Saturday, January 13, 2007

Der Weihnachtsmann kommt
For Christmas I divided my time among three families here in the Altes Lager area (and I was even extended 2 extra invitations that I could not take up) The first hint that Christmas was coming up was the Diakonie Office Christmas party. This involved a nice meal, a little German speaking, The 12 Days of Christmas a la Gary, Tim and Keith (in English), and a sneaky Santa style gift exchange. Now, everytime I have done the sneaky Santa game it has been a time to give Gag gifts, so I just assumed that it was also the same here. My present was a rubber duckie key chain. As the gift exchange begain, I noticed that all the presents were in fact quite nice. This made me nervous. In the end I was given my own gift back, either as an act of mercy or belittlment, I can not be sure. But I was relieved.
Then I spent Christmas Eve with Jake and Dorothy, where we ate Christmas Tacos (and I am not complaining there, it is a rare dish in Germany, and one I enjoy) and talked about how Christmas goes down at my place. On Christmas day I went for lunch to Ina Albers’ house. Ina works sometimes at the office in Altes Lager, and is one of the people I talk to on a fairly regular basis. I went there for lunch, and we had Duck, Goose and potatoes made in every form imaginable. It was a good lunch. Then we went on a walk which went on for about 4 hours. Then I had a long conversation with Ina’s husband, who happens to speak english very well. We had a good conversation about life, which is something I hadn’t really discussed with a German before, so it was a fun conversation. After that I played Fußball with the Albers’ son and I started practicing my German with him. Kids I can usually understand no problem (their son is probably about 4 or 5). We got through a couple of general comments, and then he asked me if I was leaving yet, but I think with the air of ‚Do you have to go home soon?’ I tried to ask him if he wanted me to leave now, but I couldn’t figure out how to ask the right way, and after my third try he said ‚Ich verstehe nicht, dein Deutsch ist anders als mein.’ (I don’t understand, your German is different than mine.) It was a pretty cute thing to say. Then I drove home (around 8:30) and called my family, which was nice as I got to talk to not only my parents but also my brothers.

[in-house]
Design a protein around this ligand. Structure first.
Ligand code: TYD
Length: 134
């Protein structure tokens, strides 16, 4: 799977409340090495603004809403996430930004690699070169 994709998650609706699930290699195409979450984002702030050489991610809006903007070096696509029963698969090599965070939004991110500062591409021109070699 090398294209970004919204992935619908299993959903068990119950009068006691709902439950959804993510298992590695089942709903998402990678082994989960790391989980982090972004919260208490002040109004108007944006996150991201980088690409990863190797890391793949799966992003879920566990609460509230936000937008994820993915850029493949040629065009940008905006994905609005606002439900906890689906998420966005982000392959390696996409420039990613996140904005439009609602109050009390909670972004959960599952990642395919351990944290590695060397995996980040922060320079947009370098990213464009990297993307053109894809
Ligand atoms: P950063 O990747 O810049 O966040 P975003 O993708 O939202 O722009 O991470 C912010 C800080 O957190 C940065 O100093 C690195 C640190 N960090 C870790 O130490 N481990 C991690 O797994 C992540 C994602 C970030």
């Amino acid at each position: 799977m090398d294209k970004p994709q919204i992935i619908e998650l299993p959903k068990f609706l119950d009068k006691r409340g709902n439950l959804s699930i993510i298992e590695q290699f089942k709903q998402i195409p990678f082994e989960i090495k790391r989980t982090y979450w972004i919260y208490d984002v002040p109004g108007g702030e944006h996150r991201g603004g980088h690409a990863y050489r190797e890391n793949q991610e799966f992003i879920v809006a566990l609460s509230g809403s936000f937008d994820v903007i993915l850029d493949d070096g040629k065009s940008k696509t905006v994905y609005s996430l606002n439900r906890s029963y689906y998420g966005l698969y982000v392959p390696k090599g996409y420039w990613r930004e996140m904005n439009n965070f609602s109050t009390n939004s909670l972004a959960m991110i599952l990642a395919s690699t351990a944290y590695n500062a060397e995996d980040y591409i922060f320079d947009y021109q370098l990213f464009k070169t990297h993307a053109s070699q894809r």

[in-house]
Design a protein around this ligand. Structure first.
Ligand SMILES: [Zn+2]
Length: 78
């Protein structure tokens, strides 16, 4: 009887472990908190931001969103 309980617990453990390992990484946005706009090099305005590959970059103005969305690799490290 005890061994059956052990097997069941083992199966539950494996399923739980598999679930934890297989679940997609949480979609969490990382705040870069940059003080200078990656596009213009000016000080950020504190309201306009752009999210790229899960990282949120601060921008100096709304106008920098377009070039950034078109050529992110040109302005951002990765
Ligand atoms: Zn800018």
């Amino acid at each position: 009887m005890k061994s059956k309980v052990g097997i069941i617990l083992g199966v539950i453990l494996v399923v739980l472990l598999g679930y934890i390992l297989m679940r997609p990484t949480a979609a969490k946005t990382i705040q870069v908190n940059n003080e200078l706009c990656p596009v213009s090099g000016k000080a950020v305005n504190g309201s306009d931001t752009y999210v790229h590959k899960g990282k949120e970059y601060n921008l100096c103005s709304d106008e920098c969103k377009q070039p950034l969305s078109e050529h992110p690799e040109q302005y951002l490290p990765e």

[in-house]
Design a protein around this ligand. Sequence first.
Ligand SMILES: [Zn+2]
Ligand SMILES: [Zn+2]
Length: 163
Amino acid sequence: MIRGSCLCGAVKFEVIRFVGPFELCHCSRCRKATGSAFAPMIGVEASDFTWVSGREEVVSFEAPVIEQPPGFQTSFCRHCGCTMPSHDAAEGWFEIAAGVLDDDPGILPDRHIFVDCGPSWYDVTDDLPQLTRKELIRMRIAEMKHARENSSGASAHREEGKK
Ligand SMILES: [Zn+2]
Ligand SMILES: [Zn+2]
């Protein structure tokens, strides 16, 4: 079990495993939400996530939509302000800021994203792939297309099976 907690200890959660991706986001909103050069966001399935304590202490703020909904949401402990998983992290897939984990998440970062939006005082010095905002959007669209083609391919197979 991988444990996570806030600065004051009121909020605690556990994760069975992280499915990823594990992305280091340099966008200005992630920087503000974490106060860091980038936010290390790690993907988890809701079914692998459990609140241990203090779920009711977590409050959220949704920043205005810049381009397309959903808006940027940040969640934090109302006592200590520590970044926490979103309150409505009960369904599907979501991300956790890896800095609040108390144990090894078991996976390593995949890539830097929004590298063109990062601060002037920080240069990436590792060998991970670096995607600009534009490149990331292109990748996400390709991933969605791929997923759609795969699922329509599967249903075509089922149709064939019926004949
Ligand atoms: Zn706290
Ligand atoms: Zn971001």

The day after Christmas (which here is a holiday, called the 2nd Christmas Day) I spent with Familie Förster, who I lived with for a week upon arrival to Germany. Keeping in tradition, I arrived a good deal late. I was under the impression that it wasn’t going to be anything special, but it turned out to be a dinner with the whole family. But I wasn’t late on purpose, my laptop, which served also as a clock, happened to break that day (which stinks), so I wasn’t really sure about what time it was. (The next day I borrowed a clock from my buddy Walde, which I still use, he said I could keep it.) It was also a good time, and we talked for awhile in German, which was difficult (I attempted deep conversation about how work was going) but it is always nice to spend time with the Försters. (We affectionatly refer to Frau Förster as Mom and she calls us her Children.) It was fun.


At 4:26 AM GMT+1, Blogger Maria said...

It sounds like you had a good Christmas! I am glad.


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